Mother Nature has a mind of her own. No matter how many times you check the weather, it can change within the hour. Similarly, just when we think we understand non-human animals, we are exposed to some new behavior and our thinking is completely altered. When a recent study revealed that cownose rays were destroying bivalve populations, the public immediately reacted — with great strength. The campaign “Save the Bay, Eat a Ray” swept the coast by storm and reduced the ray population dramatically. Unfortunately, we didn’t have the complete story.
Studying the natural world can be challenging, and applying that research to effectively protect environments can be even more so. As is the case for science, sometimes trial-by-error leads to some stunning conclusions. When initial research exposes a major threat, immediate reaction often follows. Occasionally, when this information is incomplete, simply because learning never stops, missteps can occur.
Two new publications provide greater insight into the predator-prey relationship between rays and oysters, contradicting earlier findings. A workshop to better understand this relationship in the Chesapeake found that “while cownose rays have been known to consume oysters, these rays are not an invasive species and oysters are not considered a high percentage of their diet.”
Another study also demonstrates that bivalve populations decreased due to things like pollution, disease, overfishing and habitat loss, and not simply the rays. With multiple research perspectives, a better and more complete view of the ecosystem emerges. Thankfully, the campaign to eat rays can be halted, and these populations can be restored at some level. This research also illustrates the need to focus on other variables affecting bivalves, such as pollution and habitat protection.
Science is constantly evolving. As we continue to gather more data and observations, we can continually advance our protection of the natural world. Scientists, naturalists, zookeepers, and wildlife enthusiasts rely on research studies to help fuel conservation management. Without science, we wouldn’t know that sloths have algae growing on their fur, humpback whales migrate nearly 6,000 miles, and that Acacia trees communicate with each other.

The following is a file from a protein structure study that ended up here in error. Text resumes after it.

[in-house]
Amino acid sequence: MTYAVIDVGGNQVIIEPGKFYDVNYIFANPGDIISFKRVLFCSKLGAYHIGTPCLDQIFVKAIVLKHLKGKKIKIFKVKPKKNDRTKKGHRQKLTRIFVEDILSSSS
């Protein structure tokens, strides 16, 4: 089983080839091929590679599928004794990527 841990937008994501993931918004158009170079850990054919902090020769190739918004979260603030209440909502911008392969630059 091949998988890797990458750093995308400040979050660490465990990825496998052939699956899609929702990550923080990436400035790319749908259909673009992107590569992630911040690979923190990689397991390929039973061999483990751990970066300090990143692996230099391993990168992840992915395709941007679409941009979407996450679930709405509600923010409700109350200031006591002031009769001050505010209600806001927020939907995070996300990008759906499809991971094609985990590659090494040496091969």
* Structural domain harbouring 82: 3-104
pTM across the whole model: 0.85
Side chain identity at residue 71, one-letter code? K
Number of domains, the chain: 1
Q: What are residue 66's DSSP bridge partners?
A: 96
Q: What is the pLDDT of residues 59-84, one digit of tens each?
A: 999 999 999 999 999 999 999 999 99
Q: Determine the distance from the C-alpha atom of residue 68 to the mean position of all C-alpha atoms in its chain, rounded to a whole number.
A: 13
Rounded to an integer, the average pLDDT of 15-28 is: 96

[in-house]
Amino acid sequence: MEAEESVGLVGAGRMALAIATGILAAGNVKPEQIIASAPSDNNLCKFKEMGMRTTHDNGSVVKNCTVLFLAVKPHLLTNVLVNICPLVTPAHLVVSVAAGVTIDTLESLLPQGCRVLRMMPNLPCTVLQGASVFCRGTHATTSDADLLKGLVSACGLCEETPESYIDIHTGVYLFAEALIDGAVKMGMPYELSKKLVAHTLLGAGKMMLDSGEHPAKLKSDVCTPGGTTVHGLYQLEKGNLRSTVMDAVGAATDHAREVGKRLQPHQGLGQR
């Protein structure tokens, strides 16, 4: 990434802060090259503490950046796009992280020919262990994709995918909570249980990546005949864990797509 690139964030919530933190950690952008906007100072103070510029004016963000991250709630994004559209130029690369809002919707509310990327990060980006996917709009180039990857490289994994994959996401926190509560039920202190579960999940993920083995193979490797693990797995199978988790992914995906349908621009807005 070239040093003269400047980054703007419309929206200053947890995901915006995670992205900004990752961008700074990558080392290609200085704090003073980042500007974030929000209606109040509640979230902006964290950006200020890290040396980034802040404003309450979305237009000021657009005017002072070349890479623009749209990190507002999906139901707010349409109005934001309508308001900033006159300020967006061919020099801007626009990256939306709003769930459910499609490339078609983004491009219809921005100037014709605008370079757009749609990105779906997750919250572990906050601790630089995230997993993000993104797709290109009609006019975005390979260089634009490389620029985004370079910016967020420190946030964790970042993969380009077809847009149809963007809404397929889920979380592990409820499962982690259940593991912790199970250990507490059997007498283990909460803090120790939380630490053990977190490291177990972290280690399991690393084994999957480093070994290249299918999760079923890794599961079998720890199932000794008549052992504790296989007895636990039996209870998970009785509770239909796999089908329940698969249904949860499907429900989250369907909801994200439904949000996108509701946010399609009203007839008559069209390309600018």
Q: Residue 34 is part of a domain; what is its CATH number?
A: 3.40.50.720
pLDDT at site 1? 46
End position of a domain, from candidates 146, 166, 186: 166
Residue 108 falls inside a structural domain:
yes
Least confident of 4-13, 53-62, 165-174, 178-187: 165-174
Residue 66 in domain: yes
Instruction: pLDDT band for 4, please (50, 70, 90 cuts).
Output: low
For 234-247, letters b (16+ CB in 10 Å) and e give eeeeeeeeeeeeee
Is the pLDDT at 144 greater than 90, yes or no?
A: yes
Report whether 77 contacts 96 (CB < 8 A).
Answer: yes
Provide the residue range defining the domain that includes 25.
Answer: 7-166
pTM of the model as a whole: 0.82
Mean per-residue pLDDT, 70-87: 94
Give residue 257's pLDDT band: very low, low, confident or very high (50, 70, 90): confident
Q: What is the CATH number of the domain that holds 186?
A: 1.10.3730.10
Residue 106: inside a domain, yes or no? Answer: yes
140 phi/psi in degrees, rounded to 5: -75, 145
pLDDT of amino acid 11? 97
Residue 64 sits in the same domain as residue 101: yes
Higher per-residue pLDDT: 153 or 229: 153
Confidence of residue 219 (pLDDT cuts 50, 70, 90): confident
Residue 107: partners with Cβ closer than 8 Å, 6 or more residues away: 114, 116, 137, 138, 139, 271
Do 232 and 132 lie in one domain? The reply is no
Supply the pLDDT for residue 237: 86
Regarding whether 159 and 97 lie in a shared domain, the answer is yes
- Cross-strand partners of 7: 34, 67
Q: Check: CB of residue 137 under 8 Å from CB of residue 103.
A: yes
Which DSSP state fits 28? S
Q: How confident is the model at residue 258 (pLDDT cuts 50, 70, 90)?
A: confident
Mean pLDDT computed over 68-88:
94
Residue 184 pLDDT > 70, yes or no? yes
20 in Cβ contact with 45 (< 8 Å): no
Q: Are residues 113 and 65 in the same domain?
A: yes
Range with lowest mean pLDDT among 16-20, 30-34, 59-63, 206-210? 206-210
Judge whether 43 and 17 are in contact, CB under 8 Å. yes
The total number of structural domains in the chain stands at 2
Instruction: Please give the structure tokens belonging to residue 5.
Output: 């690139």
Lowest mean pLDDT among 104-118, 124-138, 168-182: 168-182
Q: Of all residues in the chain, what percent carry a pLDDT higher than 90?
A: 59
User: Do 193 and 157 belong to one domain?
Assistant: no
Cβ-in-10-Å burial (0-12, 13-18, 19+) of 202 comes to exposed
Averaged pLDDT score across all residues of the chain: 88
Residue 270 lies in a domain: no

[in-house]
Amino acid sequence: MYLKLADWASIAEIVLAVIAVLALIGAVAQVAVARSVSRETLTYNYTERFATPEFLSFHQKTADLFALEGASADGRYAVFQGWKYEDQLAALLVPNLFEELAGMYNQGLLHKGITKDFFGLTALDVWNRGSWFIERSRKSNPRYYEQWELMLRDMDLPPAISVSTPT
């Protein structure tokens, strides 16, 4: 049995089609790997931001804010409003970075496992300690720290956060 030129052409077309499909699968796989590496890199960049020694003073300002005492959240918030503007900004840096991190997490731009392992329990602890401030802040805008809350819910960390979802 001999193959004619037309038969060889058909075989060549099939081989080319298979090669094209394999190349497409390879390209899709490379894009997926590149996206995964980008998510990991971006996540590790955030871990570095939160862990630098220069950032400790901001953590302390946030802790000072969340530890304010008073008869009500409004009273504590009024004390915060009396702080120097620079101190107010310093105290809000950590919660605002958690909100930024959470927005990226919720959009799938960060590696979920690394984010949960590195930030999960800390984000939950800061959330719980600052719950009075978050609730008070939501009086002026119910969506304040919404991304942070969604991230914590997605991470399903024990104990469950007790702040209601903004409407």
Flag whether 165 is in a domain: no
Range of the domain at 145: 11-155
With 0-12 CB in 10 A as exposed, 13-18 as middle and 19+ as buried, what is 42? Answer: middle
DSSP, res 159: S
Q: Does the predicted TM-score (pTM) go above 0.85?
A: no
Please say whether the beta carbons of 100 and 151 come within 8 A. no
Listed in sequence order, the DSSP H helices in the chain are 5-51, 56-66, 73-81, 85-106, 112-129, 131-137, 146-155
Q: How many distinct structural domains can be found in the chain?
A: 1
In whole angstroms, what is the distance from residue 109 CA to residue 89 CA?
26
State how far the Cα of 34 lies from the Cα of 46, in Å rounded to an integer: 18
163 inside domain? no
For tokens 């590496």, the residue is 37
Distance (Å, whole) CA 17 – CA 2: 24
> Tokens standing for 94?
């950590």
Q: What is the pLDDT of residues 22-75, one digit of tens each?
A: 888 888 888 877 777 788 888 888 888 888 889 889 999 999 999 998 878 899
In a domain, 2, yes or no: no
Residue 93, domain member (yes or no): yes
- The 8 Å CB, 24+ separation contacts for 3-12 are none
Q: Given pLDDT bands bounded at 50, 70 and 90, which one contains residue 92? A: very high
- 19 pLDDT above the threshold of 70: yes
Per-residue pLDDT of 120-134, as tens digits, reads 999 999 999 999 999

Without this knowledge, we could not enact beneficial management practices. Research is conducted by many individuals, testing many different theories from many different angles. Results are peer-reviewed, but sometimes we simply just need more research to see the full story.
Conservation management cannot only be based on one study. When you’re trying to solve a problem, you don’t just look at one angle: you gather your resources and pick a solution that fits best. Managers often mix multiple research findings to decide best practices to use. Various techniques, such as Geographical Information Systems (GIS) mapping and behavioral sciences give us a broader understanding of what is happening in nature. Large samples (ie. many animals or plants) and multi-year studies paint a better picture, too. The more we learn, the better management we can produce.
Don’t discount the force of the public, either. Community-centered conservation practices have huge benefits, such as empowering individuals and creating a greater sense of awareness. The Jane Goodall Institute incorporates local people in ecosystem conservation, while combining the latest scientific insight and best management practices. Public perceptions are a huge force in policy, so it is important to remember that conservation must involve the local communities, too. If the ray incident revealed anything, it is that people care deeply and have the power to protect our ecosystems, if given the whole story.
Conservation may face some blunders, but humans learn from mistakes and we need to protect our world before it is too late.